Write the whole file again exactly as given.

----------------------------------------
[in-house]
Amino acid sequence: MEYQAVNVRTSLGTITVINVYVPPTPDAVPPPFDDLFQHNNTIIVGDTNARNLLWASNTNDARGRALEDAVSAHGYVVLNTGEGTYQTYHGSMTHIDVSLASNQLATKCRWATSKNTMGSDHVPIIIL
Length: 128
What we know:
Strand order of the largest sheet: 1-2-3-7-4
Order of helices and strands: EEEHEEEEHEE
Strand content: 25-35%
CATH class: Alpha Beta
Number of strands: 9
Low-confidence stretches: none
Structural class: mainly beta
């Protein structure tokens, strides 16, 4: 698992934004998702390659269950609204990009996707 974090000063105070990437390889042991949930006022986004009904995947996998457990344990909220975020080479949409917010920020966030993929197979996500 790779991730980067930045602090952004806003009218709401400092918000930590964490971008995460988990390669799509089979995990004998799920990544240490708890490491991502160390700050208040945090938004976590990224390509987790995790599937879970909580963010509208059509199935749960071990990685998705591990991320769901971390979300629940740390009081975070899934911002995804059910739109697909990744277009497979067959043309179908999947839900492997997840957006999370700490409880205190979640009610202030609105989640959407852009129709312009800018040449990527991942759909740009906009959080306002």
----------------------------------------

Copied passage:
[in-house]
Amino acid sequence: MEYQAVNVRTSLGTITVINVYVPPTPDAVPPPFDDLFQHNNTIIVGDTNARNLLWASNTNDARGRALEDAVSAHGYVVLNTGEGTYQTYHGSMTHIDVSLASNQLATKCRWATSKNTMGSDHVPIIIL
Length: 128
What we know:
Strand order of the largest sheet: 1-2-3-7-4
Order of helices and strands: EEEHEEEEHEE
Strand content: 25-35%
CATH class: Alpha Beta
Number of strands: 9
Low-confidence stretches: none
Structural class: mainly beta
């Protein structure tokens, strides 16, 4: 698992934004998702390659269950609204990009996707 974090000063105070990437390889042991949930006022986004009904995947996998457990344990909220975020080479949409917010920020966030993929197979996500 790779991730980067930045602090952004806003009218709401400092918000930590964490971008995460988990390669799509089979995990004998799920990544240490708890490491991502160390700050208040945090938004976590990224390509987790995790599937879970909580963010509208059509199935749960071990990685998705591990991320769901971390979300629940740390009081975070899934911002995804059910739109697909990744277009497979067959043309179908999947839900492997997840957006999370700490409880205190979640009610202030609105989640959407852009129709312009800018040449990527991942759909740009906009959080306002």